Jonathan Fryer

Writer, Lecturer, Broadcaster and Liberal Democrat Politician

For Sama *****

Posted by jonathanfryer on Thursday, 19th September, 2019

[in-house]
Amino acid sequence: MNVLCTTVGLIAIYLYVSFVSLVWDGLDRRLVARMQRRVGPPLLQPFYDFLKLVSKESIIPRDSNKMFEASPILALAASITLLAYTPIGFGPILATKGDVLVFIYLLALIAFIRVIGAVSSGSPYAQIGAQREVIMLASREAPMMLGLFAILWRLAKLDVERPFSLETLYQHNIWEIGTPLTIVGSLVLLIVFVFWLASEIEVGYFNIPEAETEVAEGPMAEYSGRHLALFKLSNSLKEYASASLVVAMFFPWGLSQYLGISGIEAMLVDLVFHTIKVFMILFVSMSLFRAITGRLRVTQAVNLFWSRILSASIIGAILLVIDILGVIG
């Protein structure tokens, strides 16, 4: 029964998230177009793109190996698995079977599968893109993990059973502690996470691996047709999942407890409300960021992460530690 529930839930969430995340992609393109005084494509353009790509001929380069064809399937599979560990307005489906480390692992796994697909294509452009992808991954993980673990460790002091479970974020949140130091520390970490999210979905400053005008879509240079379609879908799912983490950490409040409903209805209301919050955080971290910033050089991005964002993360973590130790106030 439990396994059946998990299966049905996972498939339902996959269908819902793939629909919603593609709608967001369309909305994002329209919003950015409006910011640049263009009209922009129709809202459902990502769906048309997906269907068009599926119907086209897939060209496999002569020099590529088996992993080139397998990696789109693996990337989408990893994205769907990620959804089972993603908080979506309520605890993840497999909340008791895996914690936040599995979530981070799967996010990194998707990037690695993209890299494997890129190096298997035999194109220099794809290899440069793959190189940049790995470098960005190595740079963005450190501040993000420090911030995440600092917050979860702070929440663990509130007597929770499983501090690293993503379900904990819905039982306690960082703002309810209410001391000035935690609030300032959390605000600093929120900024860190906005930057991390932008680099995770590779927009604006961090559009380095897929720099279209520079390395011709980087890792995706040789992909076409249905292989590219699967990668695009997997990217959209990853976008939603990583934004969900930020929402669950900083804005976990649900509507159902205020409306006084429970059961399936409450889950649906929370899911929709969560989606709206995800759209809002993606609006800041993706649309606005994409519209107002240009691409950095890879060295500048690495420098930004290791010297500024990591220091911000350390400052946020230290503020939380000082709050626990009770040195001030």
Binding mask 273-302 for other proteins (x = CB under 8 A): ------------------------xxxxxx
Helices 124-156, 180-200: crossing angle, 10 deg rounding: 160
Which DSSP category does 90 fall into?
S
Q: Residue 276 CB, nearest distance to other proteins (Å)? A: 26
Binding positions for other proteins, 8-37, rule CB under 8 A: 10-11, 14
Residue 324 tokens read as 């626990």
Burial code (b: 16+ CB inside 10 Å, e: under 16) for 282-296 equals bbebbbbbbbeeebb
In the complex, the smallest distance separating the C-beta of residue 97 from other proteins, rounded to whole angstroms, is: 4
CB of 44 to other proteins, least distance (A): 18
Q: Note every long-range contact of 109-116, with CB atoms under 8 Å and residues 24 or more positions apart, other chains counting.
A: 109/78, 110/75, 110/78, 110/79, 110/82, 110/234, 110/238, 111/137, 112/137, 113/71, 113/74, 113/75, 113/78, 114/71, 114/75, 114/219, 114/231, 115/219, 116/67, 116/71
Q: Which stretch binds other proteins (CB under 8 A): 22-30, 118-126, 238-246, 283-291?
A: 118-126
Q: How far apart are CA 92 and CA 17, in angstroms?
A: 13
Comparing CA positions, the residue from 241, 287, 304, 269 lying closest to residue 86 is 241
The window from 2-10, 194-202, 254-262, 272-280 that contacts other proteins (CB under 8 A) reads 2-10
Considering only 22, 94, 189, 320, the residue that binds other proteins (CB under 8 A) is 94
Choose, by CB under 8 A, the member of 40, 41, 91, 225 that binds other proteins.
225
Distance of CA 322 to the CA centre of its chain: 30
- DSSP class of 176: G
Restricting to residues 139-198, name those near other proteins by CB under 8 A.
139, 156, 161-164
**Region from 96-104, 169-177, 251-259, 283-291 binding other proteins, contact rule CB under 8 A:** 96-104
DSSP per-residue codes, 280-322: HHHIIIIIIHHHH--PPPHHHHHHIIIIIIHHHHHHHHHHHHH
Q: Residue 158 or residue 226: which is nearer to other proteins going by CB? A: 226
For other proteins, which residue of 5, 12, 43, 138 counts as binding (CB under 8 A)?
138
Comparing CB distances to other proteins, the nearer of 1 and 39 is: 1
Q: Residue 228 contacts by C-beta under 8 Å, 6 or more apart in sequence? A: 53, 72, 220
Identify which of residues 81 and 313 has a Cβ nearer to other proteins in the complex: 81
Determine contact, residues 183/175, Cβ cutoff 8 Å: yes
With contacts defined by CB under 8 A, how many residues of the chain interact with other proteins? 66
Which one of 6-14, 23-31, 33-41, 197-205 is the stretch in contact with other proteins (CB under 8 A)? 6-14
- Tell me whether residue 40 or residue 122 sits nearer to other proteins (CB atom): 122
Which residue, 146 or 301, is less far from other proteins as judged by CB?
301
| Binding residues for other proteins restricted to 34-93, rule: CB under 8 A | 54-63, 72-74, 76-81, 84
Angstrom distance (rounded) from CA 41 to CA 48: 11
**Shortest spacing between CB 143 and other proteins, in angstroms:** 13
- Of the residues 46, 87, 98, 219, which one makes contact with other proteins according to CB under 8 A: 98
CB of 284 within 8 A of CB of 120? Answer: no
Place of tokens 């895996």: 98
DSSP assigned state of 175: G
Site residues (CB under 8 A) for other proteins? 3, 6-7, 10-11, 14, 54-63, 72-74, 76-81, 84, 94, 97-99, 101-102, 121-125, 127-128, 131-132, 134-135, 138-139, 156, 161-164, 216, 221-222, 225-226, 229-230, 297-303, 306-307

For SamaOver history there have been several sieges of Aleppo, Syria’s commercial centre, but only the latest, ending in 2016, was broadcast to the world by brave journalists and activists, often transmitting their footage and interviews via mobile phones. One such was Waad al-Kateab, who stayed with her doctor husband and infant daughter in the ever-decreasing enclave controlled by opponents to the regime of Bashar al-Assad until the final surrender. With co-director Edward Watts she has made a film of that experience, For Sama, which is the most graphic and revealing portrait of Syria’s civil war that you are ever likely to see. Much of the footage is from inside the hospitals that were the centre of the little family’s life — hospitals which the Russian aircraft helping the Assad regime deliberately and relentlessly bombed. Accordingly there are many dead and mutilated bodies in this film as well as streams of blood, and one feels the terror of the people huddled in buildings as the bombs and the ceilings fall down. The great strength of this documentary, however, is the way the trajectory of the political developments — from the euphoria of the early Arab Spring uprising of 2011-2012 to the acceptance of defeat and exile four years later — is paralleled by the intimate story of how Waad and the doctor fell in love, baby Sama’s entry into this dystopian world and later a further pregnancy. In counterpoint to the bombardments and gore there are scenes of charming domesticity, especially involving a portly neighbour, her husband and their three children; she manages to remain cheerful almost to the last. One valid criticism of the film would be that there is only passing mention of how Islamist militants (backed by Gulf Arabs) co-opted and radicalised the insurrection, and no fighting by militia groups is shown. But as a portrait of human resolve in adversity this is an extraordinary documentary, unmissable for anyone who wants to understand the reality of Syria’s modern tragedy.

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